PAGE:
The Breast Cancer Fund, an advocacy group aimed at reducing environmental factors that contribute to the disease, calculated how much bisphenol-A (BPA) might be in a canned food-heavy Thanksgiving meal, and the results are not good for those concerned about exposure to the controversial chemical.
The group tested canned turkey gravy, sweet corn, green beans, pumpkin, and cranberry sauce and found the products contain a “concerning level” of BPA, an industrial chemical used in the epoxy-resin linings of cans, receipts, and hard plastic bottles. The ubiquitous chemical has been in the spotlight after being linked to breast and other cancers, diabetes, and behavioral disorders in studies.
The report, “BPA in Thanksgiving Canned Food,” looked at: Campbell’s Cream of Mushroom Soup, Campbell’s Turkey Gravy, Carnation Evaporated Milk (by Nestle), Del Monte Fresh Cut Sweet Corn (Cream Style), Green Giant Cut Green Beans (by General Mills), Libby’s Pumpkin (by Nestle), and Ocean Spray Jellied Cranberry Sauce. Servings of almost half of the products tested had levels of BPA comparable concentrations linked to adverse health outcomes in lab studies, according to the group.
The levels of BPA found in the products, which were tested by an independent lab in San Francisco, varied greatly, according to the report. In Del Monte creamed corn, for example, BPA levels ranged from non-detectable to 221 parts per billion, and levels in Campbell’s Turkey Gravy ranged from 5 to 125 parts per billion (ppb).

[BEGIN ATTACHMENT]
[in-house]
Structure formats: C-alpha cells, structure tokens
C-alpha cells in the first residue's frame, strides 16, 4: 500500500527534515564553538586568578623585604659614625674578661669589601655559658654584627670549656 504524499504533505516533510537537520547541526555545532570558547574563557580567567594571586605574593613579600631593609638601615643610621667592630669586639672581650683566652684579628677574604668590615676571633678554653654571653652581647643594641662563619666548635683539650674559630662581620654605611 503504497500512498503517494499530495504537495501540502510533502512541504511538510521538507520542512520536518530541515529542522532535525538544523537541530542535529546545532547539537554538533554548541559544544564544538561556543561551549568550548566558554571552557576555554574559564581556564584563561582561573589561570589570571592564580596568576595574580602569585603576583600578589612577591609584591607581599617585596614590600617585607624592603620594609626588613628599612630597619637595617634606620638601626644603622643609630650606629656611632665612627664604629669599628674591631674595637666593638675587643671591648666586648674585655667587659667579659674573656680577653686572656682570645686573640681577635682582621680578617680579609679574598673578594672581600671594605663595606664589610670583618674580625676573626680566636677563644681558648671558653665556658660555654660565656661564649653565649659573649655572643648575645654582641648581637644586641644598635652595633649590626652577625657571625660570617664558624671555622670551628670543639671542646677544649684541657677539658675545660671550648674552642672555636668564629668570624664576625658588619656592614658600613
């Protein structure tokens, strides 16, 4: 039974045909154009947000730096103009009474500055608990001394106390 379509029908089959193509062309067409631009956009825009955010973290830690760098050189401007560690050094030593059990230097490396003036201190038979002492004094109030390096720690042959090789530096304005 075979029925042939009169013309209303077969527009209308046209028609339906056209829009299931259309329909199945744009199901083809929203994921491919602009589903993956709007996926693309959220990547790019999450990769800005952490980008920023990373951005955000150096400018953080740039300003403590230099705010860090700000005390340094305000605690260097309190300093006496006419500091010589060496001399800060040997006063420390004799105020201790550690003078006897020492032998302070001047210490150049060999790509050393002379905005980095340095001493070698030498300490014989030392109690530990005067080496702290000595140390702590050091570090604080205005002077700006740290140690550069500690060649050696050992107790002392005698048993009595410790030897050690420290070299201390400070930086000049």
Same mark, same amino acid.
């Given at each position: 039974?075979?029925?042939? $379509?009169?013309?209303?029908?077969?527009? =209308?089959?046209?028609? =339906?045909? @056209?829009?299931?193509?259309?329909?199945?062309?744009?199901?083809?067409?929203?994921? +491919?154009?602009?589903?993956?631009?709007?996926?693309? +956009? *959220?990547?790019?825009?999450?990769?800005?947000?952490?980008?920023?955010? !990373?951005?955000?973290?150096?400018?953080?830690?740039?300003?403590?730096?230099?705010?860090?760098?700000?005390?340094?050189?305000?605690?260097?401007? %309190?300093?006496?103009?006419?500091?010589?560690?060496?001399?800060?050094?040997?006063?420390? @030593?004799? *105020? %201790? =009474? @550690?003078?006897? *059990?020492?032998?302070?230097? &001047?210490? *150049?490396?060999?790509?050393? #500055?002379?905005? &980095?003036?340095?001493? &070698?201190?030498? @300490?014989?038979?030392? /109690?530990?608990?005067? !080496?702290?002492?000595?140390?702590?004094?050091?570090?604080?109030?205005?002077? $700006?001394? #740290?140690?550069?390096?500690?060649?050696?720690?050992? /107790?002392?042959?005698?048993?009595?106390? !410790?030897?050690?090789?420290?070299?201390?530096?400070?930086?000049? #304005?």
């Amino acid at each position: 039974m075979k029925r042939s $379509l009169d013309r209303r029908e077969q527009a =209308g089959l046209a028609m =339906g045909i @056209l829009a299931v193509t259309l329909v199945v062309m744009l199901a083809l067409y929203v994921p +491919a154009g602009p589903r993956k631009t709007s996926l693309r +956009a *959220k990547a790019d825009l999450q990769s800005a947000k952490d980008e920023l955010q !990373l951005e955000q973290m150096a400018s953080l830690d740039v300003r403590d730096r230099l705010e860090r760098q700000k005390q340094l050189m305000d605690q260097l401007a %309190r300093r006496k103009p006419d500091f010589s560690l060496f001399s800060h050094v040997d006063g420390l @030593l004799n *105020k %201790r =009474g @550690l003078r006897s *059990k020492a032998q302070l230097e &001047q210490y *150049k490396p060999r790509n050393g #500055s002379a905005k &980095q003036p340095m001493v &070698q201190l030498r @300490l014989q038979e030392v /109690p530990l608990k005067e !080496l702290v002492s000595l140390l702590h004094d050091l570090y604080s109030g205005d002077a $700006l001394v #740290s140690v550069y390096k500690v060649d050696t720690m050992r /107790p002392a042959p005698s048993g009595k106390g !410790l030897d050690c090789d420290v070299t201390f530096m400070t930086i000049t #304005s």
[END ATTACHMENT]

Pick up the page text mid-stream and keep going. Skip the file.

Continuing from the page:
“We know from recent research that a BPA meal creates a spike of this estrogenic chemical in the blood,” said William Goodson, M.D., a breast cancer surgeon and Senior Clinical Research Scientist at California Pacific Medical Center Research Institute, who recently published on BPA and cancer. “Natural hormones work by spikes, so this is exactly what you don’t want, especially in young kids, who shouldn’t have any estrogenic spikes at all.”
For Libby’s Pumpkin, used widely in pumpkin pies, tests found between 3 to 54 ppb. Green Giant Green Beans, another Thanksgiving staple, was found to contain between 3 and 18 ppb.
The Breast Cancer Fund cited studies that showed adverse health outcomes at concentrations at or above 11 ppb. “Twelve of the food cans we tested would lead to exposures at these levels in a woman of average weight (65.4 kg, or 144 lbs.).”
The study found no BPA in all four cans of Ocean Spray Cranberry Sauce tested. Breast Cancer Fund said Ocean Spray uses BPA in cans but tests show the chemical is not leaching into the sauce.
The results of the study can be found here.© Food Safety News